The Batallion HQ was initially set up at Ta’ Saliba, limits of Mgarr. Later, from the 29th May 1940 until March 1943, the Battalion HQ was established at Tat-Targa Gap in Naxxar, opposite the church. During this period, the 4 companies rotated their sub-sectors in Madliena, St Julians, and Salini. Their primary responsibility was the Pembroke infantry defence sector, an area that span roughly from Wardija to St. Julians.
Throughout the siege and its aftermath, the 2nd Faughs underwent tactical realignments that reflected the broader strategy of the war. They transitioned to the 234th Infantry Brigade by April 1943. These shifts positioned the Fusiliers at key strategic locations previously held by the 2nd (Malta) Infantry Brigade, specifically Handed over from the Hampshires at Ta Xlejli Palace, to ensure the defence and to tend to all responsibilities of Luqa airfield and Safi landing strips
The battalion underwent significant leadership transitions as well. Lieutenant-Colonel A. Low, M.C., led the Fusiliers during the war’s initial years. However, in 1941, Lieutenant Colonel A.A.J. Allen took over the reins. By the end of 1942, Allen departed from the island to Palestine, and command was subsequently handed to Lieutenant-Colonel Maurice French, a role he retained until his death during combat on the island of Leros on 14 November 1943 at the age of 40.
Reinforcements were essential, and in a testament to the war’s complex logistics, reinforcements meant for the RIF in September 1942 only reached Malta by February 1943.
But Malta never forgot its defenders. The bonds forged in wartime adversity were commemorated by the island’s villages where the Fusiliers were. Naxxar honoured the Faughs with a silver model of an ancient Maltese cannon, Mosta gifted a model of a Gozo boat, and Gharghur presented two silver cups, forever cementing the relationship between the Fusiliers and Malta. In the words of the parish priest of Gharghur on 24th August 1942:
Since the last time I had the honour to greet you in our midst we have gone through some troublesome times and things looked very gloomy, but with the grace of God, the courage of our airmen and the vast amount of work put in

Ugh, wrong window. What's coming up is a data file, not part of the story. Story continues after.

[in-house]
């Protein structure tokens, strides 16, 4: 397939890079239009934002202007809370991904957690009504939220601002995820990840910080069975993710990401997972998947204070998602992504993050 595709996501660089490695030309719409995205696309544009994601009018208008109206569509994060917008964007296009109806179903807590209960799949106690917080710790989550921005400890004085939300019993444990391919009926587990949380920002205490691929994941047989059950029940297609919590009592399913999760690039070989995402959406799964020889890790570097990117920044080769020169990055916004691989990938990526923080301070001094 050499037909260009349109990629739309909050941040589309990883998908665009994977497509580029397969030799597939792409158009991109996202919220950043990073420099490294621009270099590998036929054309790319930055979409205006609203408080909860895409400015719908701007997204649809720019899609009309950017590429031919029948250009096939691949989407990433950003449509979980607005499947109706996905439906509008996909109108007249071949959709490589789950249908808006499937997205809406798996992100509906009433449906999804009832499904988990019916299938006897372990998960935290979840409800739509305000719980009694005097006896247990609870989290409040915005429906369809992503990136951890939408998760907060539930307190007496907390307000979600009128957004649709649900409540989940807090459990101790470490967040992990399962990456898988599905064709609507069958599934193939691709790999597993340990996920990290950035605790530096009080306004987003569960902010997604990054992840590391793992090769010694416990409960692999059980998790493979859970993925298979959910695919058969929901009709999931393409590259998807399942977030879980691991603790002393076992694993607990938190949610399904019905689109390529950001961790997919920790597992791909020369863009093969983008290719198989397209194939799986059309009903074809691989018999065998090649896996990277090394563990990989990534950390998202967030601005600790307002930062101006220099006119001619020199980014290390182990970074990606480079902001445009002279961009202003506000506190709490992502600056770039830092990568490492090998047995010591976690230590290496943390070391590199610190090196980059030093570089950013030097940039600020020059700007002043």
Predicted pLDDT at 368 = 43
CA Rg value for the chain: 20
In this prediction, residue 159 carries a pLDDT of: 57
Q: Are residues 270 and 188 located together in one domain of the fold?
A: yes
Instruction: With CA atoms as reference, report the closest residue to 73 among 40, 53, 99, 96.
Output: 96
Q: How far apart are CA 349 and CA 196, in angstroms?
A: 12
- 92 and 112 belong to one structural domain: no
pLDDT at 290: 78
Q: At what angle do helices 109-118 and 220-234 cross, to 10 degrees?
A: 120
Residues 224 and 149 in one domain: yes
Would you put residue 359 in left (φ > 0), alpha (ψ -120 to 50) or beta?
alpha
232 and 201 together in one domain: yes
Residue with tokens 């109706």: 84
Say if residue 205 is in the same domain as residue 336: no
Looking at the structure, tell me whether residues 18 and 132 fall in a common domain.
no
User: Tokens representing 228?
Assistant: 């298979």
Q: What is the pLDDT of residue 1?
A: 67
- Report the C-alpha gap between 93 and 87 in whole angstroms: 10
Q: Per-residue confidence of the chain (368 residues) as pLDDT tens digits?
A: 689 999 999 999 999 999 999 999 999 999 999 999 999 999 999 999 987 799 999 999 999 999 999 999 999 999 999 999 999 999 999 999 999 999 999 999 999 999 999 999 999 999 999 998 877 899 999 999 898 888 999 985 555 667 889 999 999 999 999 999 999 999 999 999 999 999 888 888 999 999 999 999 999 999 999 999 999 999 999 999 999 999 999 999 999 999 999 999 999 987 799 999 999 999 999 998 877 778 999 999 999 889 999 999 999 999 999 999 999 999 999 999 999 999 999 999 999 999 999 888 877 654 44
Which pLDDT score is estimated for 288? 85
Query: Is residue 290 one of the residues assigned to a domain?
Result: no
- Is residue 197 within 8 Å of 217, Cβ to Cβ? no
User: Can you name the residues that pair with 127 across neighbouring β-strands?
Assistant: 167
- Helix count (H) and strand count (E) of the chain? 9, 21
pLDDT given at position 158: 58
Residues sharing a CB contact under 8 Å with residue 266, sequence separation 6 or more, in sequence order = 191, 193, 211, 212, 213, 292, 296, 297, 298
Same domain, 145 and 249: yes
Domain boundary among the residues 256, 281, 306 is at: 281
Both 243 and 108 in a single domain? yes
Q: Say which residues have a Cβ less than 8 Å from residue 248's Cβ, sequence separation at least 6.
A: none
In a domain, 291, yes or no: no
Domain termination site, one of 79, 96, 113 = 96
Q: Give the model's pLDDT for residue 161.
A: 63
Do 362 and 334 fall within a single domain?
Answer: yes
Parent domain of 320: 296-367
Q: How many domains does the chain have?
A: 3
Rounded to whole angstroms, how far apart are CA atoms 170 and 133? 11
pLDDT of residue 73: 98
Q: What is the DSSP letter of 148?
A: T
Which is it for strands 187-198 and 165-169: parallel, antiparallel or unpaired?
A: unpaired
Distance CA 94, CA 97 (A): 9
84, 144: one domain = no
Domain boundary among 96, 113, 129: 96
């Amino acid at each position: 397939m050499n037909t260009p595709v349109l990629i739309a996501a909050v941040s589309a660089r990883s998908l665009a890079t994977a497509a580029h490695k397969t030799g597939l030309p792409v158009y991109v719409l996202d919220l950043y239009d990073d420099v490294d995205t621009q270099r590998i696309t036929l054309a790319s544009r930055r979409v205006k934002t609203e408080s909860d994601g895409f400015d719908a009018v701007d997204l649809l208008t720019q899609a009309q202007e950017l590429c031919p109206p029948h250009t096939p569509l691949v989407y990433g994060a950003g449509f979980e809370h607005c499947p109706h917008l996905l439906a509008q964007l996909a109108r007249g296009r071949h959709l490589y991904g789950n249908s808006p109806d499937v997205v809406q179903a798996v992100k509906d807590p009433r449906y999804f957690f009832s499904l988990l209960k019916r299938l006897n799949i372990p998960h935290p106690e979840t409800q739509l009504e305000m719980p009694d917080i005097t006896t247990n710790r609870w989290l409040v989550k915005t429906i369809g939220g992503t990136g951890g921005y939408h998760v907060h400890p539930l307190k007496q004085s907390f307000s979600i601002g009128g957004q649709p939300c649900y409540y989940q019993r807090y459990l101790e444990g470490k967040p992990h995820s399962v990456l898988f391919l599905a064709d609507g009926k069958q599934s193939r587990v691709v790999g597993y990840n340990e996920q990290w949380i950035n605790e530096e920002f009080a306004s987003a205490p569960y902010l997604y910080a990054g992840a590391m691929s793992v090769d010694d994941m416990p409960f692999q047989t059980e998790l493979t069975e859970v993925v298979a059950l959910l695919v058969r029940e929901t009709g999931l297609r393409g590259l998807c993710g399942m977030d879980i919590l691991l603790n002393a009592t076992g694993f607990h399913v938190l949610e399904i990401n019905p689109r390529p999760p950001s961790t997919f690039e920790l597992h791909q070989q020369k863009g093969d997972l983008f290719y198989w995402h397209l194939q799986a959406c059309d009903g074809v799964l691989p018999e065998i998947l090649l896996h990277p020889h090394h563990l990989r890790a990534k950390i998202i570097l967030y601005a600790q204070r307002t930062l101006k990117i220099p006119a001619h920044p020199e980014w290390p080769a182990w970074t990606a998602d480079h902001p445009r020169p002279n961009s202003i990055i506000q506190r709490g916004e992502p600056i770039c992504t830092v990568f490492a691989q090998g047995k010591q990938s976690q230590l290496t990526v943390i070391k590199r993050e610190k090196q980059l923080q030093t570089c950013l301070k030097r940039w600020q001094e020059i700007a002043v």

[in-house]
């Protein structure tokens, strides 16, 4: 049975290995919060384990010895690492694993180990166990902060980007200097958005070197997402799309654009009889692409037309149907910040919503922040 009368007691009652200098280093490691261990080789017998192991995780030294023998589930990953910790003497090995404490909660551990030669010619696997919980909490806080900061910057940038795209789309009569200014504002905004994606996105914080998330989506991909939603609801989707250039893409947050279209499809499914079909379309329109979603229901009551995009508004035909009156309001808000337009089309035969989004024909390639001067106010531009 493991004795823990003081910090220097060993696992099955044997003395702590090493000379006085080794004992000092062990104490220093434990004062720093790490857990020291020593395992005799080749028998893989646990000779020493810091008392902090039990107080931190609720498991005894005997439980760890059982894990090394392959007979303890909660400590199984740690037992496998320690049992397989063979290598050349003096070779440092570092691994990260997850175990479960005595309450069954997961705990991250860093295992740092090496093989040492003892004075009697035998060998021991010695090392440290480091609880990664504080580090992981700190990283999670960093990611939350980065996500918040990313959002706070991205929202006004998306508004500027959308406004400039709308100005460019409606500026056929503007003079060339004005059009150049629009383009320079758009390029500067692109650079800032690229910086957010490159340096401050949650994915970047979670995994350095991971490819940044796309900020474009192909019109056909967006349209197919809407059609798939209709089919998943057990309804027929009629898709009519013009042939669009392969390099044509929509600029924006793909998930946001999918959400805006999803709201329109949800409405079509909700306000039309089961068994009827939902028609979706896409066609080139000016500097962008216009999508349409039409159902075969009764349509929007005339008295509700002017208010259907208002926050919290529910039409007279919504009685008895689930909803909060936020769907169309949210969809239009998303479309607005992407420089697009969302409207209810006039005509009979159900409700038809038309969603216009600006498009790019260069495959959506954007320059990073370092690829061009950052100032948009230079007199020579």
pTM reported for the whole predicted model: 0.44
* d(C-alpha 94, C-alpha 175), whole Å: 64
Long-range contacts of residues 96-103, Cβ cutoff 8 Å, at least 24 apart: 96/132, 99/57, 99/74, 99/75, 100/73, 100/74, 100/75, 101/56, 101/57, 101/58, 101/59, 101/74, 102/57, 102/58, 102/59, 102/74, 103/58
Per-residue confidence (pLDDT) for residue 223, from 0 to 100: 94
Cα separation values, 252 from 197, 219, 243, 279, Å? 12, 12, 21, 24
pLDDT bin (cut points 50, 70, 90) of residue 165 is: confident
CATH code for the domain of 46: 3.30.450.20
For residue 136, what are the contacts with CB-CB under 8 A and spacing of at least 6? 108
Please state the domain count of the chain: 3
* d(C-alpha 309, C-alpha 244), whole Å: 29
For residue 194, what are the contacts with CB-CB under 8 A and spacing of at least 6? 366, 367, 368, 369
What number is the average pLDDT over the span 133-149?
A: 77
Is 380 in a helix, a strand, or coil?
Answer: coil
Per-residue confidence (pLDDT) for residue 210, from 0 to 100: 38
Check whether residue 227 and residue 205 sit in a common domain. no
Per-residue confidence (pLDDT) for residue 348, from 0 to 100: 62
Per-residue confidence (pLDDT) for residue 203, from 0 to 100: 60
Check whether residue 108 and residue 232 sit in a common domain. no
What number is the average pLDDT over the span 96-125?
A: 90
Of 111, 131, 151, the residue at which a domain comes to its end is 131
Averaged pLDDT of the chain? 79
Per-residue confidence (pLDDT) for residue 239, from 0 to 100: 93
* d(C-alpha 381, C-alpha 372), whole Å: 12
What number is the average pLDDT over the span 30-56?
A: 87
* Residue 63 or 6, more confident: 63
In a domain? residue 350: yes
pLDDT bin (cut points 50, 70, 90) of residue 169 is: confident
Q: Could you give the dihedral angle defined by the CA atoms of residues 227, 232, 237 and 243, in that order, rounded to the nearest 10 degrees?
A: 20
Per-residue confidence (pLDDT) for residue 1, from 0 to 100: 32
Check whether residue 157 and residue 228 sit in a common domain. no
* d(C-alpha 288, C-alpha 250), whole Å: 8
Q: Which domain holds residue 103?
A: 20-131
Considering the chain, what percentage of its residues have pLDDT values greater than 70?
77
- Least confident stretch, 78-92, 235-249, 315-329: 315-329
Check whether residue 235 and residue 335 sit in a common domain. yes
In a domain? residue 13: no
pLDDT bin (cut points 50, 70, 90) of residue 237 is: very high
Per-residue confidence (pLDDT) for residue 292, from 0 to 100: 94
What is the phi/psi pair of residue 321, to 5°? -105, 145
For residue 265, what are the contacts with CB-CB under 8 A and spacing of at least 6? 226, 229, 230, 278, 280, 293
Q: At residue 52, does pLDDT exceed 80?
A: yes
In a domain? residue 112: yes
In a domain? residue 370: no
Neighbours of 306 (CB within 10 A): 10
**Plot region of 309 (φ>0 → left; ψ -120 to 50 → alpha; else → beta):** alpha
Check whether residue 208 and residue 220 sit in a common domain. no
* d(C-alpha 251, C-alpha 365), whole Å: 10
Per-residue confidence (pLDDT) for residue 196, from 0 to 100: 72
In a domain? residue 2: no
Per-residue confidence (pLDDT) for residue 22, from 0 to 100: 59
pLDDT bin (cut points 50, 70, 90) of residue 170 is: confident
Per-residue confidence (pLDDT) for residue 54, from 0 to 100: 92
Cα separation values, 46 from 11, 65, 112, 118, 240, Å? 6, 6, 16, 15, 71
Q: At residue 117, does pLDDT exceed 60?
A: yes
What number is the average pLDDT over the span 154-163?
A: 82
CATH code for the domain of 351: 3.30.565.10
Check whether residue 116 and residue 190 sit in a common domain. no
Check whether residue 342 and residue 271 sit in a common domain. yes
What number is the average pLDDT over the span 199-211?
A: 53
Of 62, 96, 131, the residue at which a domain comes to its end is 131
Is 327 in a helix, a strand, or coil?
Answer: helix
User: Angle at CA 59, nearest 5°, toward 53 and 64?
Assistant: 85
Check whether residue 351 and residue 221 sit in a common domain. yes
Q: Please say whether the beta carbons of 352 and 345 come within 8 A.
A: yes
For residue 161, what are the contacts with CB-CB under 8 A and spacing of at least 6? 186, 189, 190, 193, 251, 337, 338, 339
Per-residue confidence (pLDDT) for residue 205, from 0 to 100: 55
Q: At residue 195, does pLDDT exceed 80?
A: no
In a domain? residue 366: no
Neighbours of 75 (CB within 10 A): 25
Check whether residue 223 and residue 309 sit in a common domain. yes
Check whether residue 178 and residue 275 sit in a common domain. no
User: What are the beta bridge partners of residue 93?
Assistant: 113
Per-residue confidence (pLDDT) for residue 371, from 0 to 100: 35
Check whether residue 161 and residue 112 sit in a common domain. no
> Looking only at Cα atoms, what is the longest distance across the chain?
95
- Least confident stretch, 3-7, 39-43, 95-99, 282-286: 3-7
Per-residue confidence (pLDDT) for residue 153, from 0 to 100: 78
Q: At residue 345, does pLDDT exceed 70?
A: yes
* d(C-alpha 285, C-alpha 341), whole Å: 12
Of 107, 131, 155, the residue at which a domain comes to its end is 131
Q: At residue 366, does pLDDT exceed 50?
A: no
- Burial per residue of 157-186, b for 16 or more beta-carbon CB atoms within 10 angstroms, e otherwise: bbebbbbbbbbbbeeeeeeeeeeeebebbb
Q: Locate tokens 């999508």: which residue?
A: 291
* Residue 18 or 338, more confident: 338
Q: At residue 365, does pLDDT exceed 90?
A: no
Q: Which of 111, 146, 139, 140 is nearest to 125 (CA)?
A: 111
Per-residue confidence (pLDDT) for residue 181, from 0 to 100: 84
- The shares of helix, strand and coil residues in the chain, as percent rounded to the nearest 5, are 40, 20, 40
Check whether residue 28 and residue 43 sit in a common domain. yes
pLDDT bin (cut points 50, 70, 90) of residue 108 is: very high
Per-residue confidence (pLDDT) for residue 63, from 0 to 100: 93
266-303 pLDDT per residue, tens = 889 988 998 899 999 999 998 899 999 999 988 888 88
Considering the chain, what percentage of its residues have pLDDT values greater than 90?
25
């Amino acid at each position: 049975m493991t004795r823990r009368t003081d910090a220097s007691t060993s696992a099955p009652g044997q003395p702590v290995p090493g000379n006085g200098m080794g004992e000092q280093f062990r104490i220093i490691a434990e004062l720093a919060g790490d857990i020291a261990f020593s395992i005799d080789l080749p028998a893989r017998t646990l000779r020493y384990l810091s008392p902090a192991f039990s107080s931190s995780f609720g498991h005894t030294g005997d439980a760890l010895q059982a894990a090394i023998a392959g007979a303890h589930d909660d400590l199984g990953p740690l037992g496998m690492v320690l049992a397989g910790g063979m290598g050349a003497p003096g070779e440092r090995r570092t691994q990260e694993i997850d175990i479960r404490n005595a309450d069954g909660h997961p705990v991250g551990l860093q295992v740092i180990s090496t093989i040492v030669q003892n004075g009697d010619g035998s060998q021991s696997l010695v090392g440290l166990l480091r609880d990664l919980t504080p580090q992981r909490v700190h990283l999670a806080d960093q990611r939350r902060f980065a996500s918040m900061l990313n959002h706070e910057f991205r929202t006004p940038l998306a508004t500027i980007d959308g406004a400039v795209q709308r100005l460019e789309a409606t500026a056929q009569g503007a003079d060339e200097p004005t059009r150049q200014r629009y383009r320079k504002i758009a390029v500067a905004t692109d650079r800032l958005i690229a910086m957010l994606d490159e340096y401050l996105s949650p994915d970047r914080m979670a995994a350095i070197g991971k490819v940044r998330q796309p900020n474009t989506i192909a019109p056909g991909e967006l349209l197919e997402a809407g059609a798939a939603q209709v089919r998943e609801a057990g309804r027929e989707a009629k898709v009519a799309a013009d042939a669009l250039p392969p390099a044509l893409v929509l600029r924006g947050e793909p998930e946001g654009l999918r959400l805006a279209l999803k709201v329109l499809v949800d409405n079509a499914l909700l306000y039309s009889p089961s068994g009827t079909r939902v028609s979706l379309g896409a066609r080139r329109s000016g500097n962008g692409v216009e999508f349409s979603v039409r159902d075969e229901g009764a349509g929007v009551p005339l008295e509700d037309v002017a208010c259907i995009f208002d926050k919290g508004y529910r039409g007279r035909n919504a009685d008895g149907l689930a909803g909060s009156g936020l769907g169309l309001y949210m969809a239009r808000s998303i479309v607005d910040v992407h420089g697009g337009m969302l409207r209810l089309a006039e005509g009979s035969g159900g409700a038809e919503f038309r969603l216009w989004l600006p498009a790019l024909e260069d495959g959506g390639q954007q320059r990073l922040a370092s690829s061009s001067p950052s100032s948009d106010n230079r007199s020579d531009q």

by the soldiers, we have pulled through, and now with the most welcome addition of the convoy and valuable supplies, we look forward to the day when we shall strike with all our might and power at the common foe.
Many of the farmers around here are indebted to your soldiers for the valuable help they gave in assisting to collect the harvest. Hundreds of other little good deeds are done unostensively and without advertisement which all go to strengthen the good will between our peoples and your soldiers.
In commemorating the valorous tale of the Royal Irish Fusiliers in Malta, it is essential to reckon with the profound depth of human resilience, sacrificial devotion, and the profound camaraderie woven amidst the crucible of conflict. Thus, it must be remembered that within the span of 1940 to 1943, 21 soldiers of the 2nd batallion R.Ir.F lost their lives. Their legacy in the defence of Malta remains a testament to their indomitable spirit and commitment.
2 Bn Royal Irish Fusiliers war diaries (1940-1943). National Archives UK.
Cunliffe, M. (1970). The Royal Irish Fusiliers.
Faugh-a-Ballagh – The Regimental Gazette of The Royal Irish Fusiliers 1943. LENNON WYLIE. https://www.lennonwylie.co.uk/FAB1943.htm
Mizzi, J. A., & Vella, M. A. (2001). Malta At War – Vol 1. Wise Owl Publications.
Rogers, A. (2017). Air Battle of Malta – Aircraft Losses and Crash Sites 1940-1942. Greenhill Books.
The Royal Irish. http://www.royal-irish.com/